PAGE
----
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Metabolic adaptation to a high-fat diet is associated with a change in the gut microbiota

Serino, Matteo and Luche, Elodie and Gres, Sandra and Baylac, Audrey and Bergé, Mathieu and Cenac, Claire and Waget, Aurélie and Klopp, Pascale and Iacovoni, Jason and Klopp, Christophe and Mariette, Jérôme and Bouchez, Olivier and Lluch, Jérôme and Ouarné, Françoise and Monsan, Pierre and Valet, Philippe and Roques, Christine and Amar, Jacques and Bouloumié, Anne and Theodorou, Vassilia and Burcelin, Rémy Metabolic adaptation to a high-fat diet is associated with a change in the gut microbiota. (2011) Gut, vol. 61 (n° 4). pp.543-553. ISSN 0017-5749

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Official URL: http://dx.doi.org/10.1136/gutjnl-2011-301012

Abstract

Objective The gut microbiota, which is considered a causal factor in metabolic diseases as shown best in animals, is under the dual influence of the host genome and nutritional environment. This study investigated whether the gut microbiota per se, aside from changes in genetic background and diet, could sign different metabolic phenotypes in mice. Methods The unique animal model of metabolic adaptation was used, whereby C57Bl/6 male mice fed a high-fat carbohydrate-free diet (HFD) became either diabetic (HFD diabetic, HFD-D) or resisted diabetes (HFD diabetes-resistant, HFD-DR). Pyrosequencing of the gut microbiota was carried out to profile the gut microbial community of different metabolic phenotypes. Inflammation, gut permeability, features of white adipose tissue, liver and skeletal muscle were studied. Furthermore, to modify the gut microbiota directly, an additional group of mice was given a glucooligosaccharide (GOS)-supplemented HFD (HFD+GOS). Results Despite the mice having the same genetic background and nutritional status, a gut microbial profile specific to each metabolic phenotype was identified. The HFD-D gut microbial profile was associated with increased gut permeability linked to increased endotoxaemia and to a dramatic increase in cell number in the stroma vascular fraction from visceral white adipose tissue. Most of the physiological characteristics of the HFD-fed mice were modulated when gut microbiota was intentionally modified by GOS dietary fibres. Conclusions The gut microbiota is a signature of the metabolic phenotypes independent of differences in host genetic background and diet.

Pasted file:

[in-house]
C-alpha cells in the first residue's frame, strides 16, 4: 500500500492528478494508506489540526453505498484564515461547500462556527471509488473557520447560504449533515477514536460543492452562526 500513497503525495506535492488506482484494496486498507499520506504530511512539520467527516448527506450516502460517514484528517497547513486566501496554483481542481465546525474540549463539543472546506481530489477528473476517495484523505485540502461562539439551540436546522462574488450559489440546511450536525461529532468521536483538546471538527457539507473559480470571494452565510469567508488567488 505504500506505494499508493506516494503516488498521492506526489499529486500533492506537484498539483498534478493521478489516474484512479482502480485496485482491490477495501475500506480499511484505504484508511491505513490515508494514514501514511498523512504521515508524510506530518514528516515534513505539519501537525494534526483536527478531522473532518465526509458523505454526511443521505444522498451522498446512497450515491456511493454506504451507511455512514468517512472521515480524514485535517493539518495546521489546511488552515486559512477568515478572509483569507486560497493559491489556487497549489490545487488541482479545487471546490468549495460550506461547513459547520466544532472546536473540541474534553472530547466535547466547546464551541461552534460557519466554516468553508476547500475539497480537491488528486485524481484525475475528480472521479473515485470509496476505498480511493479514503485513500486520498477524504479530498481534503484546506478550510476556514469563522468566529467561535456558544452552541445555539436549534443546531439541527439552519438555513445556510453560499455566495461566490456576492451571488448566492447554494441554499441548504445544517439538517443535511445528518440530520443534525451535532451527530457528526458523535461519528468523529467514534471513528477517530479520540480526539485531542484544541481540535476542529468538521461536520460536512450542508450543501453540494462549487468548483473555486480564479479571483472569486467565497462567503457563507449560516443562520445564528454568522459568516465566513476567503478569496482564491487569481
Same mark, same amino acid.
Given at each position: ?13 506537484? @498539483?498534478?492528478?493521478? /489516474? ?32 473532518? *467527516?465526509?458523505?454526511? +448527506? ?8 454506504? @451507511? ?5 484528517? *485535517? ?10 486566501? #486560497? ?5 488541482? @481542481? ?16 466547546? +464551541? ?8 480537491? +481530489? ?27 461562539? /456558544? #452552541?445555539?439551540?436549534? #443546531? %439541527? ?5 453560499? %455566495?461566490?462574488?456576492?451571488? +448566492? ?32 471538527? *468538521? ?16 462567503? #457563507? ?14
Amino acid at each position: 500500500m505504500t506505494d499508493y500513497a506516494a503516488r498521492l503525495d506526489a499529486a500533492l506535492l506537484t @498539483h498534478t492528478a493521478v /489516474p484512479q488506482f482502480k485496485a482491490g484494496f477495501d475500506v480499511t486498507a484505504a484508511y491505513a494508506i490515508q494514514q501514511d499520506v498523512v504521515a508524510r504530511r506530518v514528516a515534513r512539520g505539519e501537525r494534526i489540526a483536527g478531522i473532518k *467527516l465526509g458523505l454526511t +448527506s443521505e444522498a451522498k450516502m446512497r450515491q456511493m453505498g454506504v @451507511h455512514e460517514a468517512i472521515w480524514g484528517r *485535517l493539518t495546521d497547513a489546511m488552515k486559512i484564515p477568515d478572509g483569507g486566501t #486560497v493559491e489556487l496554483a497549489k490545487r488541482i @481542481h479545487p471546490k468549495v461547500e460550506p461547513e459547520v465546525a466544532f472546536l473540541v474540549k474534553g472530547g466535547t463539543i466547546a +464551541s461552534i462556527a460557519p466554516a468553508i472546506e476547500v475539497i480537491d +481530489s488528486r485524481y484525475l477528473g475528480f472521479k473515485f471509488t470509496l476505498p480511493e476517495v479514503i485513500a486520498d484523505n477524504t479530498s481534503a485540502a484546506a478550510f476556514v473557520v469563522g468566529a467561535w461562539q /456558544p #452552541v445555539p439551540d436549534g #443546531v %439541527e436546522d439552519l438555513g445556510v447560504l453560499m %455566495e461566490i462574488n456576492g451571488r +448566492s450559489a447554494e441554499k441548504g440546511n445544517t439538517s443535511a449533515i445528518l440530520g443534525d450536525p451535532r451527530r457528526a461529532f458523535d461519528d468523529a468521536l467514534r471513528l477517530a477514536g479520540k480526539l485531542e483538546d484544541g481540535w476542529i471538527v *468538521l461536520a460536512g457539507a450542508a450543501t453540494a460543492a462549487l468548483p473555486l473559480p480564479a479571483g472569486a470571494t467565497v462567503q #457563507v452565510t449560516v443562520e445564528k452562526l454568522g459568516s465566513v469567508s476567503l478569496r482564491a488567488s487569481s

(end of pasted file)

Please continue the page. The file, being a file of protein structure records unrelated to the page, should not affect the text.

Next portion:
Item Type:Article
Additional Information:Thanks to BMJ Publishing Group editor. The original PDF of the article can be found at Gut website : http://gut.bmj.com/
Audience (journal):International peer-reviewed journal
Uncontrolled Keywords:
Institution:French research institutions > Centre National de la Recherche Scientifique - CNRS (FRANCE)
Université de Toulouse > Ecole d'Ingénieurs de Purpan - EIP (FRANCE)
Université de Toulouse > Institut National Polytechnique de Toulouse - INPT (FRANCE)
French research institutions > Institut National de la Recherche Agronomique - INRA (FRANCE)
Université de Toulouse > Institut National des Sciences Appliquées de Toulouse - INSA (FRANCE)
French research institutions > Institut National de la Santé et de la Recherche Médicale - INSERM (FRANCE)
Other partners > Institut universitaire de France - IUF (FRANCE)
Université de Toulouse > Université Paul Sabatier-Toulouse III - UPS (FRANCE)
Other partners > Centre Hospitalier Universitaire de Toulouse - CHU Toulouse (FRANCE)
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Deposited By: Vincent GERBAUD
Deposited On:31 Oct 2013 11:20

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